Last update December 26, 2002 at 03:45 UTC. Minor update posted at 21:33 UTC
[Solar and geomagnetic data
- last 4 weeks (updated daily)]
[Solar wind and electron fluence charts (updated daily)]
[Solar cycles 21-23 (last update December 2, 2002)]
[Solar cycles 1-20]
[Graphical comparison of cycles 21, 22 and 23 (last update December 2, 2002)]
[Graphical comparison of cycles 10, 13, 17, 20 and 23 (last update December 2, 2002)]
[Historical solar and geomagnetic data charts 1954-2002 (last update October 13, 2002)]
[Archived reports (last update December 23, 2002)]
The geomagnetic field was unsettled to active on December 25. Solar wind speed ranged between 409 and 552 km/sec.
Solar flare activity was low. Solar flux was 131.9 (dropping to the lowest level since July 2002), the planetary A
index was 14 (STAR Ap - based on the mean of three hour ap indices: 14.5).
Three hour interval K indices: 33334333 (planetary), 32334331 (Boulder).
The background x-ray flux is at the class B6 level.
At midnight there were 5 spotted regions on the visible disk. A total of 9 C class events were recorded during the day.
Region 10224 rotated over the southwest limb. Flare: C4.8 at 05:46 UTC.
Region 10229 decayed and had only a single small spot left by midnight. The region is rotating over the northwest limb.
Region 10230 was mostly unchanged and quiet. Flare: C1.7 at 21:32 UTC.
Region 10231 displayed no major changes and was mostly quiet.
Region 10234 was quiet and stable.
New region 10235 emerged in the northeast quadrant late on Dec.24 and was numbered the day after.
Comment added at 21:33 UTC on December 26: A strong coronal stream began to dominate the solar wind after 15h UTC. Currently the interplanetary magnetic field is strongly southwards and this could result in minor storm conditions during the last hours of today. The background xray flux has dropped all the way to the B3 level and solar flux at 20h UTC was 127.4 (and 123.1 at 18h UTC - the lowest measured solar flux since the first days of August, 2001).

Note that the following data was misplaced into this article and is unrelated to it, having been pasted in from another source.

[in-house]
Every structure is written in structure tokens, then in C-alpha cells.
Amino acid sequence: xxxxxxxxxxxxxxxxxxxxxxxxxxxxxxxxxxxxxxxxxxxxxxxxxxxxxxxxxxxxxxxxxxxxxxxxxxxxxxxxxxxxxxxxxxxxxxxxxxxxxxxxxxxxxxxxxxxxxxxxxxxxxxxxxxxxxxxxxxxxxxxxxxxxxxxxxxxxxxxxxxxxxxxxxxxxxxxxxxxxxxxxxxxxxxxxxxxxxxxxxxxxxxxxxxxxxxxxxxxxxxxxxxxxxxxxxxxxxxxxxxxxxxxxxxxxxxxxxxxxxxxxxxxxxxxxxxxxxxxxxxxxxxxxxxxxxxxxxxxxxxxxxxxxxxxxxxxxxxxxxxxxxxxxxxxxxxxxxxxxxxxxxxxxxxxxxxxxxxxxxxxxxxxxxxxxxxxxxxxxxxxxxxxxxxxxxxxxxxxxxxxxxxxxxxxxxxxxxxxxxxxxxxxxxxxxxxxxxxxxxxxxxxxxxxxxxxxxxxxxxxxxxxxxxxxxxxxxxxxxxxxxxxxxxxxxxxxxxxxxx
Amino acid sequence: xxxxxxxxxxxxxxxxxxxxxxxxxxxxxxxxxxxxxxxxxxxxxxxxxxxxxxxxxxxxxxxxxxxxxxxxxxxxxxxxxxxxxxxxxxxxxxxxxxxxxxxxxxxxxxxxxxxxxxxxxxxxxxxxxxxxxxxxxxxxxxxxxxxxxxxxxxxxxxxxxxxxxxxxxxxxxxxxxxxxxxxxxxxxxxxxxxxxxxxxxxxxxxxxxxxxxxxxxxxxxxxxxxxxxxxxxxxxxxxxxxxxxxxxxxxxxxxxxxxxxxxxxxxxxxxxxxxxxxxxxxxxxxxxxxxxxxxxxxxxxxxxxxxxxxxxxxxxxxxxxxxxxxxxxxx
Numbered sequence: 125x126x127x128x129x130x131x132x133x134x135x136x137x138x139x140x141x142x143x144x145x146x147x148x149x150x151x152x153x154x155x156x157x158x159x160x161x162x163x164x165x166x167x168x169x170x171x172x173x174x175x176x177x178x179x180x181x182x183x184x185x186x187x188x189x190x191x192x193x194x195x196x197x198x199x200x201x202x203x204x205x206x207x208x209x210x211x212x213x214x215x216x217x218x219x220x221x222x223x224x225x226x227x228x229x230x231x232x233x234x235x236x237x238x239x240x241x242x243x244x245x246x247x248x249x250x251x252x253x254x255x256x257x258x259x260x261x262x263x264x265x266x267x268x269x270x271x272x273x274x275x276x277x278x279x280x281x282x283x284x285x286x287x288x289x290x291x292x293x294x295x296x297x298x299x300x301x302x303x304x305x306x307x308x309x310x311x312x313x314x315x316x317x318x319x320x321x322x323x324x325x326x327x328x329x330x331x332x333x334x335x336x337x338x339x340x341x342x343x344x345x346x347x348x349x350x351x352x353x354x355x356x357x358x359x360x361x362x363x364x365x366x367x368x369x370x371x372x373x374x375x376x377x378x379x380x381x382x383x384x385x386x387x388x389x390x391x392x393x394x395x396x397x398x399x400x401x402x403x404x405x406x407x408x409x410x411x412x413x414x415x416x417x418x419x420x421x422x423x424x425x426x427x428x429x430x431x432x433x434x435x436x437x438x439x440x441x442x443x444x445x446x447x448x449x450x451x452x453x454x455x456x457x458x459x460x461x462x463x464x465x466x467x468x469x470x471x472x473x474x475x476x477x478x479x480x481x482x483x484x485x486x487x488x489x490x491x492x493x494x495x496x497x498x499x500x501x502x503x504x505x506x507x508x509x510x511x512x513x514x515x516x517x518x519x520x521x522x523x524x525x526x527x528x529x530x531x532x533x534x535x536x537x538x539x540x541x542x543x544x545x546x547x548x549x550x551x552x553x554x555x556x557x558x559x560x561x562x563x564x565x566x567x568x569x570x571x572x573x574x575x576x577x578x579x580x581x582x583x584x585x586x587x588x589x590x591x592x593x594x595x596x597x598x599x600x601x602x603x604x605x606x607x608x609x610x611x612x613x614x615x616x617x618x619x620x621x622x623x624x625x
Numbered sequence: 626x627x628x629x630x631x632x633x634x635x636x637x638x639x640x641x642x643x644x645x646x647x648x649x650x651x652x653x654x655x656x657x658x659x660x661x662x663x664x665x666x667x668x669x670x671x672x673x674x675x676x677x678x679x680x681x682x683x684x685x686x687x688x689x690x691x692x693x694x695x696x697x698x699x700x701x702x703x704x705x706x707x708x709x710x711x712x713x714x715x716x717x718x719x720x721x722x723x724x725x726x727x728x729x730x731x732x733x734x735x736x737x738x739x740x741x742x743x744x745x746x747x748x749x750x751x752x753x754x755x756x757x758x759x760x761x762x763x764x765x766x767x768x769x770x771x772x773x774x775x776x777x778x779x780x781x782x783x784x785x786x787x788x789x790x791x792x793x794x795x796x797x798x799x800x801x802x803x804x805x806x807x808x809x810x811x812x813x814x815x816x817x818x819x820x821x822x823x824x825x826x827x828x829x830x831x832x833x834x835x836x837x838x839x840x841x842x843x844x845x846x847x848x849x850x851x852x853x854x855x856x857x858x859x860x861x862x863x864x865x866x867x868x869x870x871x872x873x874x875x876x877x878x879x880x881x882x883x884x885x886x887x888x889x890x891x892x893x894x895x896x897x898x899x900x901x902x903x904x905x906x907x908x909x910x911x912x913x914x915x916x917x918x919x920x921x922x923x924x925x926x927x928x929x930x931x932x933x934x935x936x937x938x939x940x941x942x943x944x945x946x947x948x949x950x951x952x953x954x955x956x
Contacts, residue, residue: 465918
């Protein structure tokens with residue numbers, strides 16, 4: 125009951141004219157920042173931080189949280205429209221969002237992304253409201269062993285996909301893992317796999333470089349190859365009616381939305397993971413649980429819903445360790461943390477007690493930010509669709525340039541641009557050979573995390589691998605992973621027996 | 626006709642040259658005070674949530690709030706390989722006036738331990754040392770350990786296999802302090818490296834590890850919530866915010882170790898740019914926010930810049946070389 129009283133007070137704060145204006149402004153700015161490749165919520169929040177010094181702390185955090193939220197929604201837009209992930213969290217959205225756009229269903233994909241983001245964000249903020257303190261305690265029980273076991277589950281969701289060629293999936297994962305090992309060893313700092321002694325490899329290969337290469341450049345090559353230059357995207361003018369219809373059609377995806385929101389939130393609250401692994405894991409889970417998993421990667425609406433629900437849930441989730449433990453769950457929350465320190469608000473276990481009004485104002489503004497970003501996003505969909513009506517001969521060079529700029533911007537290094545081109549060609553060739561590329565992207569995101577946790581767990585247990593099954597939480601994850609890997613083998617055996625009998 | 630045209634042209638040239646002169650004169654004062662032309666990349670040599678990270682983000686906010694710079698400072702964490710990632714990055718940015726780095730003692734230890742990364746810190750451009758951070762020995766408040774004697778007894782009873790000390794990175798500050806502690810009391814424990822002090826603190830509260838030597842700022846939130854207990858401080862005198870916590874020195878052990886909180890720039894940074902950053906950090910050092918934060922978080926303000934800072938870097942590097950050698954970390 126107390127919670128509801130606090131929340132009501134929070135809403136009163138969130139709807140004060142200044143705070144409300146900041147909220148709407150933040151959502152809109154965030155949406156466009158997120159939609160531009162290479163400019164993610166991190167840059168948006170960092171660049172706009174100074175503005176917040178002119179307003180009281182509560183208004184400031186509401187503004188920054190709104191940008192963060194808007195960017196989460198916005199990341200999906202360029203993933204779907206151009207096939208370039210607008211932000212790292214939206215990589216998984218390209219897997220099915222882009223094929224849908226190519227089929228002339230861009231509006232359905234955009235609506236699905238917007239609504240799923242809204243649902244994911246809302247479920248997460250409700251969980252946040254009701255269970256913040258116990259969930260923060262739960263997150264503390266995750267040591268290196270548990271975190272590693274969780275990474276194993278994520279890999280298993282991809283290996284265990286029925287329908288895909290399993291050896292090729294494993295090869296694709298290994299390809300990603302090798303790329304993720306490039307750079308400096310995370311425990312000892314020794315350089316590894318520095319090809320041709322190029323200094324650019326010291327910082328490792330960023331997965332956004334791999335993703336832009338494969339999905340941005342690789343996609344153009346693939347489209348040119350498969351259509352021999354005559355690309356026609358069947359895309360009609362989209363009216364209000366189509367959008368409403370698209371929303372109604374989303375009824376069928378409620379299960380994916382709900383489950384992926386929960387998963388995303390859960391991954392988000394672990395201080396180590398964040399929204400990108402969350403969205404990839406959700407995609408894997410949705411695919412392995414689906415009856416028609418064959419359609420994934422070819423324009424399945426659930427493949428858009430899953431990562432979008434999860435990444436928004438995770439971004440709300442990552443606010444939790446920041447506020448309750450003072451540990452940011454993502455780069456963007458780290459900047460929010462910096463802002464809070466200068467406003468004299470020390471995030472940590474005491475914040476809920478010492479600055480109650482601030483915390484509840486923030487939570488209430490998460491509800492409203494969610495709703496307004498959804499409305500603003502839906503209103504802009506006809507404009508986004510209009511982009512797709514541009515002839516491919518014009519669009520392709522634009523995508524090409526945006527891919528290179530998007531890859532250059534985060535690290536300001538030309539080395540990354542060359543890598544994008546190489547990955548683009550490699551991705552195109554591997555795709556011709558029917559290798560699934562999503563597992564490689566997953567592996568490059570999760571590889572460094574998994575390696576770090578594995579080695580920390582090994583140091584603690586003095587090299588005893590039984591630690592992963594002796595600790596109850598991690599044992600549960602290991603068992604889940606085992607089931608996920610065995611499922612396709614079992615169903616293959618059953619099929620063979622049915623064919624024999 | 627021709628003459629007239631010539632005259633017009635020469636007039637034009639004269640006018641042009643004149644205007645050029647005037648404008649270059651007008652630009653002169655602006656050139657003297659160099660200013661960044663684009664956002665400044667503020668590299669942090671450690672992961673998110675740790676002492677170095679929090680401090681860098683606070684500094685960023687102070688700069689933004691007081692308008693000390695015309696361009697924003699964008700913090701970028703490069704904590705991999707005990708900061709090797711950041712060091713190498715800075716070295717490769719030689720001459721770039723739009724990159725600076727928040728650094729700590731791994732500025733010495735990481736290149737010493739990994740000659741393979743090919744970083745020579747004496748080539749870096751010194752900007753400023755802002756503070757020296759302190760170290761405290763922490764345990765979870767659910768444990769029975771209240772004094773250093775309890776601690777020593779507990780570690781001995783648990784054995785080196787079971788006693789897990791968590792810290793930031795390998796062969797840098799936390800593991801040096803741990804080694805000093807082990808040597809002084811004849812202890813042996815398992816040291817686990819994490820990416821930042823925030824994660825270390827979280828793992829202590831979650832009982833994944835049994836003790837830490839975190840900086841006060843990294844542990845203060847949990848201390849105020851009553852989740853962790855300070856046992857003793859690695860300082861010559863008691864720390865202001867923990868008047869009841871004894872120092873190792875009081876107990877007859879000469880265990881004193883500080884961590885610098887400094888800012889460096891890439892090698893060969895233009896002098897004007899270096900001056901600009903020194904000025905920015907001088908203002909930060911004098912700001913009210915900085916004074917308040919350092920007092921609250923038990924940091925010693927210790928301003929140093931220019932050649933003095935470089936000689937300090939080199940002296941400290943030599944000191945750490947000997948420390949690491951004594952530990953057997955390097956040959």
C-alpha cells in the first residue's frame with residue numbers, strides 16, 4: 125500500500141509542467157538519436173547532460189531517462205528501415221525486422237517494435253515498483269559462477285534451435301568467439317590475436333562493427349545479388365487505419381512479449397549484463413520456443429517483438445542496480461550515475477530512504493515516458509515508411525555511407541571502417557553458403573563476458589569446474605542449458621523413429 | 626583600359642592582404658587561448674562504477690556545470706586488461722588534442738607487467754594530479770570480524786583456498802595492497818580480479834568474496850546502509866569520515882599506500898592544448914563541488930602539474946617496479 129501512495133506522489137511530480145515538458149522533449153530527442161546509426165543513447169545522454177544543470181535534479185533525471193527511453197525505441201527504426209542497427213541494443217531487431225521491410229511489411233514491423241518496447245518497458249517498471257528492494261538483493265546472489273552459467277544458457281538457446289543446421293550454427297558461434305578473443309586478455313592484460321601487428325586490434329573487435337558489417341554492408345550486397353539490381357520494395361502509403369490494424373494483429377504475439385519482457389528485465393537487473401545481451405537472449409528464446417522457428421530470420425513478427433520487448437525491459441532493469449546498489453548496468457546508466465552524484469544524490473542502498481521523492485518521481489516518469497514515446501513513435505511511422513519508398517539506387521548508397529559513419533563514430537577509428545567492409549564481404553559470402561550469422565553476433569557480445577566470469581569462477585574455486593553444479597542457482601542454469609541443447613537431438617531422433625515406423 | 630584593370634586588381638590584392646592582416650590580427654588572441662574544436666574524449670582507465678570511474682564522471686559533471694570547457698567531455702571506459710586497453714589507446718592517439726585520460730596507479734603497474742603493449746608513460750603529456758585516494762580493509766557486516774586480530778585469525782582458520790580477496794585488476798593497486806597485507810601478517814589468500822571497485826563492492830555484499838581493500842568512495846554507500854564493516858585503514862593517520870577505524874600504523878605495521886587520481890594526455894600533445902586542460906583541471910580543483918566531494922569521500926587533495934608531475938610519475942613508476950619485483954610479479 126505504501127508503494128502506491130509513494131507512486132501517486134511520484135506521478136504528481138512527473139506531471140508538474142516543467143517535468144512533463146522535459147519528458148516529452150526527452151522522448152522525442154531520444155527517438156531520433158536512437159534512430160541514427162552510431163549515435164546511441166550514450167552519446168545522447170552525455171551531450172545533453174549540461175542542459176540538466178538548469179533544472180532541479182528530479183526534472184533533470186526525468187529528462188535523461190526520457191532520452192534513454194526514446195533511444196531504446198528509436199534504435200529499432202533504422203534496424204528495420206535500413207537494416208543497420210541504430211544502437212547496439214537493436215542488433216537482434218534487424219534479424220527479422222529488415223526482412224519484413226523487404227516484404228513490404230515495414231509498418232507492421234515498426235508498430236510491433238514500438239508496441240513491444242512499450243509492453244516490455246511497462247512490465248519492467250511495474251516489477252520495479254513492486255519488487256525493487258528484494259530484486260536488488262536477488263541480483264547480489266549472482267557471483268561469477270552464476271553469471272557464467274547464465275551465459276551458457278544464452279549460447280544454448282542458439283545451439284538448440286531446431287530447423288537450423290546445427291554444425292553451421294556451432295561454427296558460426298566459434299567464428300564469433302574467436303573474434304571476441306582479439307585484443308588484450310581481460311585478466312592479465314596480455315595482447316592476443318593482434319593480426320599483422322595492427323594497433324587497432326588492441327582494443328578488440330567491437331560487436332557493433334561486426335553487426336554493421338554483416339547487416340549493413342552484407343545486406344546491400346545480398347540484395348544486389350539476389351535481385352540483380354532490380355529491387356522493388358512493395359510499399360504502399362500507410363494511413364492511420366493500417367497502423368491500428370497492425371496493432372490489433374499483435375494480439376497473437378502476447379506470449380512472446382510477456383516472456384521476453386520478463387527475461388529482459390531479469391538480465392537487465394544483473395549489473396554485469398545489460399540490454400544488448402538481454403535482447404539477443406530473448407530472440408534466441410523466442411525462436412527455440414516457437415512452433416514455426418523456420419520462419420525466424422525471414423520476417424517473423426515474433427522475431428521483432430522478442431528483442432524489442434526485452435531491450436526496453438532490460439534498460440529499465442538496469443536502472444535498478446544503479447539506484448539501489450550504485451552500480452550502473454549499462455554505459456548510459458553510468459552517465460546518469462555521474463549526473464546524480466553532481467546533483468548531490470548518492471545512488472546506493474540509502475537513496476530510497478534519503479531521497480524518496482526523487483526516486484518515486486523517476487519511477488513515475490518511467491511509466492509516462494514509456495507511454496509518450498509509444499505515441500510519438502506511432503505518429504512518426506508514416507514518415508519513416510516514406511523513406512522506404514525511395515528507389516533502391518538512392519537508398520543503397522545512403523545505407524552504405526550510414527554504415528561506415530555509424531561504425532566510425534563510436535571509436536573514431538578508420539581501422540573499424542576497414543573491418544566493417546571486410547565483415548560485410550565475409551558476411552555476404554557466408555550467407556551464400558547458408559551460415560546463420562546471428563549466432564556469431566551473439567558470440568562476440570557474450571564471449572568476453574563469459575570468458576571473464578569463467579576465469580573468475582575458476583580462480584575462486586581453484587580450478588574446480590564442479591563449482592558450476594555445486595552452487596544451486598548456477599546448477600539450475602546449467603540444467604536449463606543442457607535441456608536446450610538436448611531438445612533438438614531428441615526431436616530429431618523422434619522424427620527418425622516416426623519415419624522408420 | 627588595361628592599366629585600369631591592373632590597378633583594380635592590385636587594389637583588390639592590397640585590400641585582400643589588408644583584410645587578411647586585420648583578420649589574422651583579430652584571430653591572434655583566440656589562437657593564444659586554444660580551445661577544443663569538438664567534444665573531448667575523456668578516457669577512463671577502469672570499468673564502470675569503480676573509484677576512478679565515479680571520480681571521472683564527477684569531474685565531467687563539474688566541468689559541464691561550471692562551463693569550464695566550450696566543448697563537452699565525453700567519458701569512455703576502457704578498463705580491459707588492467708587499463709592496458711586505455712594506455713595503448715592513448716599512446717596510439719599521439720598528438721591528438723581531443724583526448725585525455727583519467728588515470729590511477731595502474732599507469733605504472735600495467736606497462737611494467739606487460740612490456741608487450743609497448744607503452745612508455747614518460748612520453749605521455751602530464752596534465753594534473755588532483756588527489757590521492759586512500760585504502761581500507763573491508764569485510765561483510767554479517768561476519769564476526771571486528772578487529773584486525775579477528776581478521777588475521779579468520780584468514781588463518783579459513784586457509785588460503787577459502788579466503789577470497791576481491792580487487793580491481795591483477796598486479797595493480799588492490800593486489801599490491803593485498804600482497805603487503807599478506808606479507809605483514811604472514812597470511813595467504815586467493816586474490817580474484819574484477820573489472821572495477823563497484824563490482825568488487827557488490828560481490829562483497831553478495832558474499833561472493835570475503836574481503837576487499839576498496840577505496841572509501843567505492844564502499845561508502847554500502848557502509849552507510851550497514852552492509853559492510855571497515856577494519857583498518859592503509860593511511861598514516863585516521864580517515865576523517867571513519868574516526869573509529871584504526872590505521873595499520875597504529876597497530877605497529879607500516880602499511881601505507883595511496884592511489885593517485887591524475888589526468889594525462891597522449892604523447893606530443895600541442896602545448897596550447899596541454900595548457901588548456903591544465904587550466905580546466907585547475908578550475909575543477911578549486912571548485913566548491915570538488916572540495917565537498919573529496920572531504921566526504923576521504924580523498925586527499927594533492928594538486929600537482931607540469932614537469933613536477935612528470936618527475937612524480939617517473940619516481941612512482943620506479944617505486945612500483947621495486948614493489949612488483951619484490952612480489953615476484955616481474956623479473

December 23-24: No obviously geoeffective CMEs observed.
December 25: No LASCO C2 or C3 images available.
Coronal hole history (since late October 2002)
Compare today's report with the situation one solar rotation ago: 28 days ago 27 days ago 26 days ago
A large and well defined trans equatorial coronal hole was in a geoeffective position on December 24-25.
Processed SOHO EIT 284 image at 19:06 UTC on December 25. Any black areas on the solar disk are likely coronal holes.
The geomagnetic field is expected to be quiet to unsettled on December 26. A coronal stream will arrive late on December 26 or early on Dec.27 and cause unsettled to active conditions with the possibility of a few minor storm intervals on Dec.27-28. Quiet to active is expected for December 29 with quiet to unsettled likely on December 30-31. Long distance medium wave (AM) band propagation along east-west paths over high and upper middle latitudes is poor.
|Coronal holes (1)||Coronal mass ejections (2)||M and X class flares (3)|
1) Effects from a coronal hole could reach Earth within the
next 5 days.
2) Material from a CME is likely to impact Earth within 96 hours.
3) There is a possibility of either M or X class flares within the next 48 hours.
Green: 0-20% probability, Yellow: 20-60% probability, Red: 60-100% probability.
Composite image based on a SOHO/MDI continuum image and overlaid by a coronal hole image. Region numbering has been included. Compare to the previous day image.
Data for all numbered solar regions according to the Solar Region Summary provided by SEC/NOAA. Comments are my own, as is the STAR spot count (spots observed at or inside a few hours before midnight) and data for regions not numbered by SEC or where SEC has observed no spots.
|Solar region||Date numbered||SEC
|Location at midnight||Area||Classification||Comment|
|10224||2002.12.12||4||S14W92||0100||DAO||rotated out of view|
|10235||2002.12.25||3||2||N13E28||0010||BXO||formerly region S60|
|Total spot count:||17||11|
flux at Earth
|International sunspot number||Smoothed sunspot number|
cycle 23 sunspot max.
|2002.06||148.7||88.3||(106.4 predicted, -2.4)|
|2002.07||173.5||99.9||(102.8 predicted, -3.6)|
|2002.08||183.6||116.4||(99.6 predicted, -3.2)|
|2002.09||175.8||109.3||(96.6 predicted, -3.0)|
|2002.10||167.0||97.5||(93.1 predicted, -3.5)|
|2002.11||168.7||95.0||(87.8 predicted, -5.3)|
|2002.12||166.7 (1)||133.8 (2)||(83.5 predicted, -4.3)|
1) Running average based on the daily 20:00 UT observed solar flux value at 2800
2) Unofficial, accumulated value based on the Boulder (SEC/NOAA) sunspot number. The official international sunspot number is typically 25-45% less.
This report has been prepared by Jan Alvestad. It is based partly on my own observations and interpretations, and partly on data from sources noted in solar links. Comments and suggestions are always welcome.
|[DX-Listeners' Club] [DX News]|